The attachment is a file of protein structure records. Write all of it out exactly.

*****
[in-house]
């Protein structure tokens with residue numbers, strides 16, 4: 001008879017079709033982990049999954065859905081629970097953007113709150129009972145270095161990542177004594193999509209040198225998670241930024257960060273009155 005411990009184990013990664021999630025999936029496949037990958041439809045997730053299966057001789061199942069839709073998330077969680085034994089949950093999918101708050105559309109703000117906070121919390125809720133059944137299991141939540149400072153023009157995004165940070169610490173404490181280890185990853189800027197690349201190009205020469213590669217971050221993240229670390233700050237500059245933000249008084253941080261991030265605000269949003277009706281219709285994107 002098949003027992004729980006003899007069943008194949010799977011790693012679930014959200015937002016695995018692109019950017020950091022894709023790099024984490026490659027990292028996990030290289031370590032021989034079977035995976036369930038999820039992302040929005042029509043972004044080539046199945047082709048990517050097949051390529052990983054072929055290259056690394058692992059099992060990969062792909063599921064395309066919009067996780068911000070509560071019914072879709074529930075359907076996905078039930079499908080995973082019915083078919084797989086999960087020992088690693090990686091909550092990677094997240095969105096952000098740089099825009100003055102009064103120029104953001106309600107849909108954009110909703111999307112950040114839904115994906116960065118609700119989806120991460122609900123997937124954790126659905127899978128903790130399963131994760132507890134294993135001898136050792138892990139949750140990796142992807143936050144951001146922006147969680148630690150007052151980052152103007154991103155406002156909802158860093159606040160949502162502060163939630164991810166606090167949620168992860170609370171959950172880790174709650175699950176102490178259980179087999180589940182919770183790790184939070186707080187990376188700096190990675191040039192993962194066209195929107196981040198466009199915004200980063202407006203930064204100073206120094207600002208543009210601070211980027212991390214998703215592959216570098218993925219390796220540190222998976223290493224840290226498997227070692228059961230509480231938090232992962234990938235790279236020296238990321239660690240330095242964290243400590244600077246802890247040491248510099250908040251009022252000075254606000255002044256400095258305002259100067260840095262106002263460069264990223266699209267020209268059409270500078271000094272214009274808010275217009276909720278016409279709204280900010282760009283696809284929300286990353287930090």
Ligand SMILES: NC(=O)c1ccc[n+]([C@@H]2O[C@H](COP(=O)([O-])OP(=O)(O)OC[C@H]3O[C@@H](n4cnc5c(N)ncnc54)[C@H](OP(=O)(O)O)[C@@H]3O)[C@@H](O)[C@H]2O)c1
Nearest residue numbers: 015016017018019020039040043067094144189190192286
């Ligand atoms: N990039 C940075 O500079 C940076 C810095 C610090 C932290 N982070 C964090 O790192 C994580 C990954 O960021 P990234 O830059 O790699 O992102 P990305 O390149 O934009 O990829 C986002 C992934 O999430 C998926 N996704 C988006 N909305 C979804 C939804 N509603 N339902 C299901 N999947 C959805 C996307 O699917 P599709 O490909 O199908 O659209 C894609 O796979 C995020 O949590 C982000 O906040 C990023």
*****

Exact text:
[in-house]
């Protein structure tokens with residue numbers, strides 16, 4: 001008879017079709033982990049999954065859905081629970097953007113709150129009972145270095161990542177004594193999509209040198225998670241930024257960060273009155 005411990009184990013990664021999630025999936029496949037990958041439809045997730053299966057001789061199942069839709073998330077969680085034994089949950093999918101708050105559309109703000117906070121919390125809720133059944137299991141939540149400072153023009157995004165940070169610490173404490181280890185990853189800027197690349201190009205020469213590669217971050221993240229670390233700050237500059245933000249008084253941080261991030265605000269949003277009706281219709285994107 002098949003027992004729980006003899007069943008194949010799977011790693012679930014959200015937002016695995018692109019950017020950091022894709023790099024984490026490659027990292028996990030290289031370590032021989034079977035995976036369930038999820039992302040929005042029509043972004044080539046199945047082709048990517050097949051390529052990983054072929055290259056690394058692992059099992060990969062792909063599921064395309066919009067996780068911000070509560071019914072879709074529930075359907076996905078039930079499908080995973082019915083078919084797989086999960087020992088690693090990686091909550092990677094997240095969105096952000098740089099825009100003055102009064103120029104953001106309600107849909108954009110909703111999307112950040114839904115994906116960065118609700119989806120991460122609900123997937124954790126659905127899978128903790130399963131994760132507890134294993135001898136050792138892990139949750140990796142992807143936050144951001146922006147969680148630690150007052151980052152103007154991103155406002156909802158860093159606040160949502162502060163939630164991810166606090167949620168992860170609370171959950172880790174709650175699950176102490178259980179087999180589940182919770183790790184939070186707080187990376188700096190990675191040039192993962194066209195929107196981040198466009199915004200980063202407006203930064204100073206120094207600002208543009210601070211980027212991390214998703215592959216570098218993925219390796220540190222998976223290493224840290226498997227070692228059961230509480231938090232992962234990938235790279236020296238990321239660690240330095242964290243400590244600077246802890247040491248510099250908040251009022252000075254606000255002044256400095258305002259100067260840095262106002263460069264990223266699209267020209268059409270500078271000094272214009274808010275217009276909720278016409279709204280900010282760009283696809284929300286990353287930090």
Ligand SMILES: NC(=O)c1ccc[n+]([C@@H]2O[C@H](COP(=O)([O-])OP(=O)(O)OC[C@H]3O[C@@H](n4cnc5c(N)ncnc54)[C@H](OP(=O)(O)O)[C@@H]3O)[C@@H](O)[C@H]2O)c1
Nearest residue numbers: 015016017018019020039040043067094144189190192286
């Ligand atoms: N990039 C940075 O500079 C940076 C810095 C610090 C932290 N982070 C964090 O790192 C994580 C990954 O960021 P990234 O830059 O790699 O992102 P990305 O390149 O934009 O990829 C986002 C992934 O999430 C998926 N996704 C988006 N909305 C979804 C939804 N509603 N339902 C299901 N999947 C959805 C996307 O699917 P599709 O490909 O199908 O659209 C894609 O796979 C995020 O949590 C982000 O906040 C990023």